Most Active Stories
- W&I Researchers Find Single Family Rooms Better For NICU Babies
- TGIF: 17 Things to Know About Rhode Island Politics & Media
- Seth Magaziner Staffing Up With Jeff Padwa & Andrew Roos
- Almost 15 Years After Cornel Young Jr.'s Death, How Much Has Changed in Rhode Island?
- 'Warning Shot': Sen. Warren On Fighting Banks, And Her Political Future
Wed November 3, 2010
Chafee, Cicilline win big
By IAN DONNIS and FLO JONIC
PROVIDENCE, R.I. – Independent Lincoln Chafee won a close race to become Rhode Island's next governor.
His victory comes after months in which his rivals sharply criticized his plan to add a one percent sales tax on currently exempt items. Unofficial results show Chafee with 36 percent, Republican John Robitaille with just under 34 percent, Democrat Frank Caprio with 23 percent, and Moderate Ken Block with just under seven percent.
Chafee vows candor will remain his signature as the state's next governor.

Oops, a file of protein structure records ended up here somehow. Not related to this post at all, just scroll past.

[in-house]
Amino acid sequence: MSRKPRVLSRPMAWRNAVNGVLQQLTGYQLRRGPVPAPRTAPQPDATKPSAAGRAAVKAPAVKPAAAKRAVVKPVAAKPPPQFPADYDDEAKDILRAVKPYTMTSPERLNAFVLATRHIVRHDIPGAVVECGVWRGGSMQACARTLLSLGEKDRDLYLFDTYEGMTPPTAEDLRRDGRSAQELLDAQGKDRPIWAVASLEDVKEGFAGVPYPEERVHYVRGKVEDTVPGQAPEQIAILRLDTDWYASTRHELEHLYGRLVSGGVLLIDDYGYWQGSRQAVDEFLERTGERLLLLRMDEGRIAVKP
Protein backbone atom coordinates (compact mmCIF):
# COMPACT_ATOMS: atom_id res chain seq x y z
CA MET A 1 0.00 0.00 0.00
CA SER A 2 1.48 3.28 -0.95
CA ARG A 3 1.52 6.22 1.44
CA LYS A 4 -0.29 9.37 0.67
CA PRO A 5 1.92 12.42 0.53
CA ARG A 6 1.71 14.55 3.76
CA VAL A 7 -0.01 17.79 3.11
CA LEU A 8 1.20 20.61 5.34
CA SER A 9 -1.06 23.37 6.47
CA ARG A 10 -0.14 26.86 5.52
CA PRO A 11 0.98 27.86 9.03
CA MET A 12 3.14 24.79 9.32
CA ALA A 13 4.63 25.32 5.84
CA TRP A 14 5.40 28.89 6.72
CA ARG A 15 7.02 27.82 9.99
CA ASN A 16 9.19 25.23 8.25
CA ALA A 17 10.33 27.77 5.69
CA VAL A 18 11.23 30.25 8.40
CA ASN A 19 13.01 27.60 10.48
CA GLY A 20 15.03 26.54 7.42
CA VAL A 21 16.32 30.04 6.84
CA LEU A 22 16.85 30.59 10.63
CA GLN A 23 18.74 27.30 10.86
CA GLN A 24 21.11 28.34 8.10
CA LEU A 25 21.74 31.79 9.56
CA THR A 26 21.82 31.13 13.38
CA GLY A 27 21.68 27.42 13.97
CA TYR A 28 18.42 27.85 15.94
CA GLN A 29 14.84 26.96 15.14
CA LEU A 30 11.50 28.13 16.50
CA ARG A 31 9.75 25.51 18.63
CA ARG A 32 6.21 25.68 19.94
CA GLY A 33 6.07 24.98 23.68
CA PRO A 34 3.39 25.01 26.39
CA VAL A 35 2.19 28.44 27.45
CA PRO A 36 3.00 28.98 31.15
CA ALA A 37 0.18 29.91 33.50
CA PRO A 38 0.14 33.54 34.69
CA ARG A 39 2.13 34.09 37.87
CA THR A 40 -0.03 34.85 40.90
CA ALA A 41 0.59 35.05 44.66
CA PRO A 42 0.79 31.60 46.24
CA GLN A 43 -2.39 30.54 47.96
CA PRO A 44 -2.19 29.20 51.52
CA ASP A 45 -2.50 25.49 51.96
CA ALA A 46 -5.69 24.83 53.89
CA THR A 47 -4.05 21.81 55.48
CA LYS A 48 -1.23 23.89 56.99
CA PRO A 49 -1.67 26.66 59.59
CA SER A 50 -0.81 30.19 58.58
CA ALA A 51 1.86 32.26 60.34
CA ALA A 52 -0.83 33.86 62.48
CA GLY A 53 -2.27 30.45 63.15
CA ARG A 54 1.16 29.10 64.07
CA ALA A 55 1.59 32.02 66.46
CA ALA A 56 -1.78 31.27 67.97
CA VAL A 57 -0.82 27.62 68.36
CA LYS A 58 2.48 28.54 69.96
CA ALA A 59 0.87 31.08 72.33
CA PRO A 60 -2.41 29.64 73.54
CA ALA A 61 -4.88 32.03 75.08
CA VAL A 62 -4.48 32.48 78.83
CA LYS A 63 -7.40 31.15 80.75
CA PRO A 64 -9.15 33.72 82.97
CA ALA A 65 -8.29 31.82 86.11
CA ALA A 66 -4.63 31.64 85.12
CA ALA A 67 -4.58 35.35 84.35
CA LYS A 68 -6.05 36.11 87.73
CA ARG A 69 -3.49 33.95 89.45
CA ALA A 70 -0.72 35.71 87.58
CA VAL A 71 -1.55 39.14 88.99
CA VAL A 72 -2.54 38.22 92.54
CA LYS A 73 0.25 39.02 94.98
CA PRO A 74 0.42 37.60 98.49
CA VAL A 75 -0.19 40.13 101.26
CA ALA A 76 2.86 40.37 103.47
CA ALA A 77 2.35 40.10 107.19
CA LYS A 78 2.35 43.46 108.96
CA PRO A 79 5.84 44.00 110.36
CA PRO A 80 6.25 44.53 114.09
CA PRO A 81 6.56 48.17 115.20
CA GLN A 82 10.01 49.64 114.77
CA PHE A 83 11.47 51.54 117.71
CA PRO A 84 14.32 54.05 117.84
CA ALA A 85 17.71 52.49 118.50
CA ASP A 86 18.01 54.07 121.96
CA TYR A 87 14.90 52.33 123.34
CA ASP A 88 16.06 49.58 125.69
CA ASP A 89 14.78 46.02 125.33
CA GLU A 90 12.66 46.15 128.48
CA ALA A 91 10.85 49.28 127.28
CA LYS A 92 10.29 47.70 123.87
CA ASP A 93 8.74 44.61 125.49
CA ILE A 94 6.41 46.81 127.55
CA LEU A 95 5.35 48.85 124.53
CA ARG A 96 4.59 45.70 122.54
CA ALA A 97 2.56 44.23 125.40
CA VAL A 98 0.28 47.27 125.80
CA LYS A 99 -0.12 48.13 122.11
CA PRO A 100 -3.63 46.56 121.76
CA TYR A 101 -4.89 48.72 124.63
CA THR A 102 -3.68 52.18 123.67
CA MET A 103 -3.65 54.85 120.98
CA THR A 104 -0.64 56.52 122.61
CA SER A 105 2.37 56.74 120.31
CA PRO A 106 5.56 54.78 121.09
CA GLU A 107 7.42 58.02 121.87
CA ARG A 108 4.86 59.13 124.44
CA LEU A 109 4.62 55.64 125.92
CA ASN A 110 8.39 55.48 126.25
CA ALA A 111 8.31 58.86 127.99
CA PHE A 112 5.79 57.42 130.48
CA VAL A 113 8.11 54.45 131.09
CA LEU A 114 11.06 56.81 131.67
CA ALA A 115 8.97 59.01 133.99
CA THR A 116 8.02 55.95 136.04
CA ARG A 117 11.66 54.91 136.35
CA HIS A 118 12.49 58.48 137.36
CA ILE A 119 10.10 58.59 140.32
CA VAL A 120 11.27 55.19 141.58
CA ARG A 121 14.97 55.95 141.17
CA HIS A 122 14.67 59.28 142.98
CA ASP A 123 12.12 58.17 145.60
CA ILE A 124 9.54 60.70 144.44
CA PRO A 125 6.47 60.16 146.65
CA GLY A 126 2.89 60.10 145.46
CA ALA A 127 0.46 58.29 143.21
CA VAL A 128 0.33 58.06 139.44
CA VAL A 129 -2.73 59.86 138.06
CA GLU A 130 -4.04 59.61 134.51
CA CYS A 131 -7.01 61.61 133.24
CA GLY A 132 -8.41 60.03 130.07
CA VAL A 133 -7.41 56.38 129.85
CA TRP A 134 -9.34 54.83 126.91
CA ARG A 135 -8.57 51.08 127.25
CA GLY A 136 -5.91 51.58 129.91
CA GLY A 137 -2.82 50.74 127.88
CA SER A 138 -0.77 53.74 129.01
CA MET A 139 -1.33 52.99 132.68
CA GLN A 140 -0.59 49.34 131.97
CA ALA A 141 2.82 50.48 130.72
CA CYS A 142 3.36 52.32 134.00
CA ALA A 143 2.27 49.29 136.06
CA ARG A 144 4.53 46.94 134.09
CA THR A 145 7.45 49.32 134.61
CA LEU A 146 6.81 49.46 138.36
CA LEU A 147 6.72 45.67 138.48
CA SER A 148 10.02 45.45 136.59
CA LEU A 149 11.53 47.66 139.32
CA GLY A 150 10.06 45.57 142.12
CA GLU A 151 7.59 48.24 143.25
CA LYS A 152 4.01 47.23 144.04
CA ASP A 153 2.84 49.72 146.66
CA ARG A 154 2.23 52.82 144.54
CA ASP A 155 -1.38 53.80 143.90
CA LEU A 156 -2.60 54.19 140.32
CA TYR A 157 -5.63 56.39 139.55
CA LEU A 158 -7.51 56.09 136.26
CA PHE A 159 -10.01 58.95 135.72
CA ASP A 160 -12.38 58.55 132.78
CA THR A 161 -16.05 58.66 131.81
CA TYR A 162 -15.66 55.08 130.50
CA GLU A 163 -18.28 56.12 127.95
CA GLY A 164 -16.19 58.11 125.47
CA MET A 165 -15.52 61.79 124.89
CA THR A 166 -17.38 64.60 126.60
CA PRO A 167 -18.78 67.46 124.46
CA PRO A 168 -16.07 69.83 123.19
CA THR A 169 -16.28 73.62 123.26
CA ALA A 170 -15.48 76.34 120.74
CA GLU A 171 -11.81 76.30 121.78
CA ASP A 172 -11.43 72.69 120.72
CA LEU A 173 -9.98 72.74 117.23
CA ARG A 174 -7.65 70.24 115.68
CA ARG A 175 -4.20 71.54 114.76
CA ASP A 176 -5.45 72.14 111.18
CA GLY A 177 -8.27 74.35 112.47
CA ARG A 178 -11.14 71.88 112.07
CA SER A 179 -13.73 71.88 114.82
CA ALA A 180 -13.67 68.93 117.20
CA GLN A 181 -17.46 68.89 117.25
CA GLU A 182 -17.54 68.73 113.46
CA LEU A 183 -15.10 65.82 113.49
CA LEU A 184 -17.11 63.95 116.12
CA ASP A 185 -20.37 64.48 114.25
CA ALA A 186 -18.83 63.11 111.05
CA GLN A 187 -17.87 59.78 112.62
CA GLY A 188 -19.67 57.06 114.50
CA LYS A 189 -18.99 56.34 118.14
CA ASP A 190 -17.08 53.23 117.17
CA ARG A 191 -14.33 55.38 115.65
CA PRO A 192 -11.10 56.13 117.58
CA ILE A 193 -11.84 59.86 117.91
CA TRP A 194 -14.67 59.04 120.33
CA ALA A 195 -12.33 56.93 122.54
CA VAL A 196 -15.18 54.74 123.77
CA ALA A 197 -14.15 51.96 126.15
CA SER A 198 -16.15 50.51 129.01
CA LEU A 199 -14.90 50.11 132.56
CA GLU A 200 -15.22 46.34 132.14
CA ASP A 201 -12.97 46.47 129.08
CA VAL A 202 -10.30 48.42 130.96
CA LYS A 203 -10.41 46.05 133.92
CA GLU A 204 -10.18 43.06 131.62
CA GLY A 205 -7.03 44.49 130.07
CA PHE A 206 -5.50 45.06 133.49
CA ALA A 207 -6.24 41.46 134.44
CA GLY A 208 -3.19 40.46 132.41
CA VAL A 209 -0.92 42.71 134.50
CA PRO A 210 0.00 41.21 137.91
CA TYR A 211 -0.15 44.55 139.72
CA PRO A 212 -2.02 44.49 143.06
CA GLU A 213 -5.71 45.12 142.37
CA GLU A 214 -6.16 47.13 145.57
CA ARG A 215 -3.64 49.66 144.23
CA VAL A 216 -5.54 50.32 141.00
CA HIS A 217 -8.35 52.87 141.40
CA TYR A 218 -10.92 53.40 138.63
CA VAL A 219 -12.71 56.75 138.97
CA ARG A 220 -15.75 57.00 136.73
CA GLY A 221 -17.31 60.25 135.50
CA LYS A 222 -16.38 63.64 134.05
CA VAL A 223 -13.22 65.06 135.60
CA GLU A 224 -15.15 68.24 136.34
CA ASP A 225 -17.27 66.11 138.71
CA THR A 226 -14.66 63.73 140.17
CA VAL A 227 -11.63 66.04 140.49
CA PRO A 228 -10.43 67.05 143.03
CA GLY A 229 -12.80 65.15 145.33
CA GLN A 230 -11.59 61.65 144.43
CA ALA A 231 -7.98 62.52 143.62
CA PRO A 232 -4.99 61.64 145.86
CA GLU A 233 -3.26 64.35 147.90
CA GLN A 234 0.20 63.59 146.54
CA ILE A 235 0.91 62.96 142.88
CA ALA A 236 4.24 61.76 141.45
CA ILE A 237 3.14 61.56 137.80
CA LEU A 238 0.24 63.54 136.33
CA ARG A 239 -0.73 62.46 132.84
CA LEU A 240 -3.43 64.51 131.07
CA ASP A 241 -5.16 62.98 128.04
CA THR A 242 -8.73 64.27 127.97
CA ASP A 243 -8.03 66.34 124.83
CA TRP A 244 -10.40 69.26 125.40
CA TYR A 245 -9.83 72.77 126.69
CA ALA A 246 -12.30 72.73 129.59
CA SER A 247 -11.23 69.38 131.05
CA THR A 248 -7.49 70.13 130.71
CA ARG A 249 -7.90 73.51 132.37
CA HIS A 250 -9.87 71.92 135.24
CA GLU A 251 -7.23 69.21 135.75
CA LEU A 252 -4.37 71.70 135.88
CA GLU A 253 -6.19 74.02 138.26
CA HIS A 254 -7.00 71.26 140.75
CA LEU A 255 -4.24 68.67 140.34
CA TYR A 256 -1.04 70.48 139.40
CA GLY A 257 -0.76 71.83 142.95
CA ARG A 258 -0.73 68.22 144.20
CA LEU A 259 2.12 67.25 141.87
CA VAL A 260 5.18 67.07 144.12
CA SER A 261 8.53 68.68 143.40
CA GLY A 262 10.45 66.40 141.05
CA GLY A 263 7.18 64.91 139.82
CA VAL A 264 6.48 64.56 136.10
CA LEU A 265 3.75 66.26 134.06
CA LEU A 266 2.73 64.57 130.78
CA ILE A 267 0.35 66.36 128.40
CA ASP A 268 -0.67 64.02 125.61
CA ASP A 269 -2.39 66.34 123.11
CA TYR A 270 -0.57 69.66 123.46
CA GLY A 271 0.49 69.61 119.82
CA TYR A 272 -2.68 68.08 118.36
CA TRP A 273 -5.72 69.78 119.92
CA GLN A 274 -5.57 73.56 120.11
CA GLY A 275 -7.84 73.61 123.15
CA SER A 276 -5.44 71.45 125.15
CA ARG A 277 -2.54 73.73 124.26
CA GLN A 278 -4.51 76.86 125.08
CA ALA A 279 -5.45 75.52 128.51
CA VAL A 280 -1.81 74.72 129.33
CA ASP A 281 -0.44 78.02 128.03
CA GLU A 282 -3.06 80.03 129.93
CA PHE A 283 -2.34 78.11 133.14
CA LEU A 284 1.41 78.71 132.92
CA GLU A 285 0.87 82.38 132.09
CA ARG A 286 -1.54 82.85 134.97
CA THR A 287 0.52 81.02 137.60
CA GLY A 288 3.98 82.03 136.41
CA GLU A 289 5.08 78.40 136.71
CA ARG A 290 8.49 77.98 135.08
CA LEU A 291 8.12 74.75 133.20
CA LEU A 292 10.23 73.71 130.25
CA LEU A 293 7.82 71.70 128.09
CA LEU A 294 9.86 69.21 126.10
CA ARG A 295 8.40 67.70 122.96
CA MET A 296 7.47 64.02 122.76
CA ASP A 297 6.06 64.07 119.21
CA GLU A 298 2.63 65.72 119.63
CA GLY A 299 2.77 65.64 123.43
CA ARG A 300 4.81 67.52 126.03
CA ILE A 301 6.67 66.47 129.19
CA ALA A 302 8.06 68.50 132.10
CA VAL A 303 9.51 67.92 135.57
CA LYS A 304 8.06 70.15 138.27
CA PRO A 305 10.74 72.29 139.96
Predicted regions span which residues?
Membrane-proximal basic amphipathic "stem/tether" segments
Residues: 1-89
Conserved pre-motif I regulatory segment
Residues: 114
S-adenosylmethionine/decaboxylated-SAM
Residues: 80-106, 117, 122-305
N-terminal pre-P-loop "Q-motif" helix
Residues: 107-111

"I will always listen to you, and I will always do what I believe is right for Rhode Island," Chafee said last ngiht.
When he takes office in January, Chafee will be the first governor to not belong to a major political party since around the time of the Civil War.
Meanwhile, Providence mayor David Cicilline has won the congressional seat being vacated by Patrick Kennedy.
The final unofficial results show Cicilline winning with 51 percent of the vote compared to State Representative John Loughlin's 45 percent.
Loughlin was ahead early in the evening. But as the night wore on it became clear he couldn't pull it off and shortly before eleven he called Providence Mayor David Cicilline to concede.
Loughlin urged his supporters to continue fighting for what they believe in.
"We may have lost tonight but I hope the energy and enthusiasm that you showed during my campaign can continue to be nurtured," Loughlin said.
Cicilline was all smiles as he accepted the accolades of supporters at the Biltmore Hotel and declared victory in his quest for the first district congressional seat.
"I made one promise in this campaign," Cicilline said. "I make one promise tonight: that I will go to Washington and fight hard every single day to deliver real results to Rhode Island."
Cicilline had the advantage of more money and greater name recognition.
Do you have insight or expertise on this topic? Please email us, we'd like to hear from you. firstname.lastname@example.org.